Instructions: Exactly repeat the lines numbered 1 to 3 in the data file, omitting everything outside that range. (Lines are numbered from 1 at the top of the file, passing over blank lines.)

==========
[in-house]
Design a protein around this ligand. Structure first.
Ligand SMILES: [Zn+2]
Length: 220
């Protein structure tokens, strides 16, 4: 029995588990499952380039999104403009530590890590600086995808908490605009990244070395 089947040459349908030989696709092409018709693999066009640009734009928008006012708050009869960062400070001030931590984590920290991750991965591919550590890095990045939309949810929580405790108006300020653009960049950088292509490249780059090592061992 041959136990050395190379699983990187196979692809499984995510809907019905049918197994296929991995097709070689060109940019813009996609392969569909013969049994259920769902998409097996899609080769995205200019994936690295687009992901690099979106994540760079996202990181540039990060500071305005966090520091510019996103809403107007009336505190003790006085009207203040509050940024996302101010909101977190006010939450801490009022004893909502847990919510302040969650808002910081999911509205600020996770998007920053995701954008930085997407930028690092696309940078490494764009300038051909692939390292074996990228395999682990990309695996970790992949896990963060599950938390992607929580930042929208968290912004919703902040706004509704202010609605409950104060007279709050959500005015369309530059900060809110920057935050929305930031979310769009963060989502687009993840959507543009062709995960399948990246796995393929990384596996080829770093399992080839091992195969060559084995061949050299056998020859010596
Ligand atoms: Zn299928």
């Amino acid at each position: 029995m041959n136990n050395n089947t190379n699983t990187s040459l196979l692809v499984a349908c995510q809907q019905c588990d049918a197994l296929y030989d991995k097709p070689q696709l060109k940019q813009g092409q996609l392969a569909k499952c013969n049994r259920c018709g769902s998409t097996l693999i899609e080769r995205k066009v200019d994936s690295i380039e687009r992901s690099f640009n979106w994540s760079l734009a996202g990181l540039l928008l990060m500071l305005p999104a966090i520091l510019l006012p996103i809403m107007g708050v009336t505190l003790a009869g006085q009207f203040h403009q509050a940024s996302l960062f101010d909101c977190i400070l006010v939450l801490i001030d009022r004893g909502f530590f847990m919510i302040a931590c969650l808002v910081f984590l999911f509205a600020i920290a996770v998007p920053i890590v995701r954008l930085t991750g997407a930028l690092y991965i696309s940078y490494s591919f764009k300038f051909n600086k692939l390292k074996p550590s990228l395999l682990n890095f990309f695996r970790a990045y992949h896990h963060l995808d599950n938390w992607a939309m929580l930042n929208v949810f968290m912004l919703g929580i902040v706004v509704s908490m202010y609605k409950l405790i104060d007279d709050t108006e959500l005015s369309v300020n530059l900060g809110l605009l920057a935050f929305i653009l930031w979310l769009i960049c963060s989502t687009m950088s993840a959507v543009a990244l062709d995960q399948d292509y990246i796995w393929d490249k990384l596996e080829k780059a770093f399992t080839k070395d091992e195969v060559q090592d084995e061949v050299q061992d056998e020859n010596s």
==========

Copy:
[in-house]
Design a protein around this ligand. Structure first.
Ligand SMILES: [Zn+2]